She says she was at the store from 2 or 3 in the morning to clean, stock, do paperwork, manage vendors and organize products until 4 in the afternoon. While her overtime paid off for the company — she grew sales at her store from $700,000 a year to roughly $2 million — after a long tenure, she is tired.
“How do they get away with this? That is why people break,” she said.
What Have I Seen In My Alabama Work Comp Cases?
My clients report similar issues. The pressure of long hours (way too long) and serious physical duties led to the injuries in my Dollar General cases.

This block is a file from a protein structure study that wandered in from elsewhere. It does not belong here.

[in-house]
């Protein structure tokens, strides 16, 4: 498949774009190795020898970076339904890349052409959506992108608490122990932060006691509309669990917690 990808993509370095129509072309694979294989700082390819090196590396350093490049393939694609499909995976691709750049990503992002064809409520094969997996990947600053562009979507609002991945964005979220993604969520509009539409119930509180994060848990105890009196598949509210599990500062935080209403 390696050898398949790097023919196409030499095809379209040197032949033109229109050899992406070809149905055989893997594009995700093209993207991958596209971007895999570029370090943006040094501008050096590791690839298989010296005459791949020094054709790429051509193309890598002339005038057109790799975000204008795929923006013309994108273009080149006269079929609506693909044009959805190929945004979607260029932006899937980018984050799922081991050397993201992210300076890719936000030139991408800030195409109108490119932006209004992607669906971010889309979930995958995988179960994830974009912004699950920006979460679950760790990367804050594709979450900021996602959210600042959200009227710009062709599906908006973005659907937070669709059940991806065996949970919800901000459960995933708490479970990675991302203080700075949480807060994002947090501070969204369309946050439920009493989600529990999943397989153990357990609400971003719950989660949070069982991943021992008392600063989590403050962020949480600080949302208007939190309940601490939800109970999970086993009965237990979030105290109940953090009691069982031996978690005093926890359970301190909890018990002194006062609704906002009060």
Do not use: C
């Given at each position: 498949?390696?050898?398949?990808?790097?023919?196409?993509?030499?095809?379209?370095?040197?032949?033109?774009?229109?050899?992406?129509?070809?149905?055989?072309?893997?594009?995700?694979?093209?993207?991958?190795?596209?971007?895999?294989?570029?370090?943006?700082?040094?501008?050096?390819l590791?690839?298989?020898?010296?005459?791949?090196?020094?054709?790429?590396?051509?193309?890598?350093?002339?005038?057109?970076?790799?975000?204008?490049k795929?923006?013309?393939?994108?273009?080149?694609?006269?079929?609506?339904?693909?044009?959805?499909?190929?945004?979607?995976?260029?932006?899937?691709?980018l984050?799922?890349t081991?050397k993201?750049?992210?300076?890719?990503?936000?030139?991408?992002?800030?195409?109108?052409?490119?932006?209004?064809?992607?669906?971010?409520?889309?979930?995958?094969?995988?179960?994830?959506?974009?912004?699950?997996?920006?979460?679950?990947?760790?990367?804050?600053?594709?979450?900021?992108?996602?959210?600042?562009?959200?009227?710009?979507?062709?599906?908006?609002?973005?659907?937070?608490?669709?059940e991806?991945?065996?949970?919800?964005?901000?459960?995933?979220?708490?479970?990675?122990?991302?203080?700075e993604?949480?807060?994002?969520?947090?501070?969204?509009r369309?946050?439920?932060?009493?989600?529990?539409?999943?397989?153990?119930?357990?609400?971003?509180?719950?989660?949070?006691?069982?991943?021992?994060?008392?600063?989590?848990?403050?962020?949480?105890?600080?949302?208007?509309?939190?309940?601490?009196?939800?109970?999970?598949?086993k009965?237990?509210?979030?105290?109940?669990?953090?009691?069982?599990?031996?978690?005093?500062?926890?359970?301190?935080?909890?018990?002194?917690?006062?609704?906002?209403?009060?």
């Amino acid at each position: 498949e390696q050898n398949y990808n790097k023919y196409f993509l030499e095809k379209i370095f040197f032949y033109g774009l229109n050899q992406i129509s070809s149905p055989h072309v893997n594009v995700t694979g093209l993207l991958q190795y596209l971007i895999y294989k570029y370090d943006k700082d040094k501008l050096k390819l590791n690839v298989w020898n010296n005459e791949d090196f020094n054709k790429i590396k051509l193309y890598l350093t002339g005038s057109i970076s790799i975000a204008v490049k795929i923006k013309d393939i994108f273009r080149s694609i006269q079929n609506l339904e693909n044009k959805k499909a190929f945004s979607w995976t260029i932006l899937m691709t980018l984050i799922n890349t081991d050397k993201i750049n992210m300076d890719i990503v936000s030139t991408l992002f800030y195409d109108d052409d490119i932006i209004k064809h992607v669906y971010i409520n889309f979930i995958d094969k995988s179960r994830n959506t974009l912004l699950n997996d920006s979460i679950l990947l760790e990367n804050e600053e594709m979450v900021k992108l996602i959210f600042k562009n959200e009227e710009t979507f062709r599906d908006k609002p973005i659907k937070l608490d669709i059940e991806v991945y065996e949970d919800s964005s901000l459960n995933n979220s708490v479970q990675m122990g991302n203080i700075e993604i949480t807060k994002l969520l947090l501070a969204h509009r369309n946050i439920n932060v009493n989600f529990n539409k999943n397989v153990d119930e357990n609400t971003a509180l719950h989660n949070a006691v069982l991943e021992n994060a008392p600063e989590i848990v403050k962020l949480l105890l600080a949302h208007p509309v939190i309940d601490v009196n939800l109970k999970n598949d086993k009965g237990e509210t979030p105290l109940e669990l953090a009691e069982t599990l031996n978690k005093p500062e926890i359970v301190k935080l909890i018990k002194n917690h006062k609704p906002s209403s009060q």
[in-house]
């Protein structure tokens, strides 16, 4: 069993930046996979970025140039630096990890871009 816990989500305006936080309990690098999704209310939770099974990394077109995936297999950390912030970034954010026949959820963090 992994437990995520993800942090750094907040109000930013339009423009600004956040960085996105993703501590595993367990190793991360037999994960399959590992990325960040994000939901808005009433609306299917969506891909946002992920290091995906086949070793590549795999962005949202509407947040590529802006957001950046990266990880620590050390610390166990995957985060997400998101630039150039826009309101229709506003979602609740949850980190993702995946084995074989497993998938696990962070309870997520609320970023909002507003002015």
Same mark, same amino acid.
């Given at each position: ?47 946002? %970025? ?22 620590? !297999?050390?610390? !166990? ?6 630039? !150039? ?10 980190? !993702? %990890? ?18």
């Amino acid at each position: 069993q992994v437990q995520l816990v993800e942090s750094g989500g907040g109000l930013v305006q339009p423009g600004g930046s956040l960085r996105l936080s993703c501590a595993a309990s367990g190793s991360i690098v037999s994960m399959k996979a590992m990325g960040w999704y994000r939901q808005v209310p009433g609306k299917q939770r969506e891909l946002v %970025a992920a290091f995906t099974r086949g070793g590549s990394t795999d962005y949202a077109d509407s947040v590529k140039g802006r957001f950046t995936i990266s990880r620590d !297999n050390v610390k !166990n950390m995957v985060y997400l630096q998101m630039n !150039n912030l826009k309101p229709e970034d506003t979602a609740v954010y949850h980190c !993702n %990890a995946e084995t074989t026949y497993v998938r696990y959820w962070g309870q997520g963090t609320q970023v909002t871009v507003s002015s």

In a Huntsville work comp case, my client (a store manager) testified at trial she worked far beyond her 40 hour salaried week. She often arrived much earlier than her assigned shift, just to mop and clean the store. She had to arrive early and leave late simply to keep up with Dollar General’s requirments. Although she was titled as a manager her duties were very physical. She unloaded trucks, stocked shelves, operated the register and cleaned the store. Dollar General even required her to climb into the dumpster behind the store in order to pack down the trash! This requirement led to her first serious accident at the store. My client suffered a second, disabling accident when she fell from a ladder. The ladder fall further highlights the company’s safety issues. Dollar General provided the store with only an 8 foot ladder but then asked employees to retrieve heavy items from shelves 10-12 feet above the store’s concrete floor. Of course, this required employees to place themselves in danger reaching beyond the top of the ladder. My client had little or no help running her store.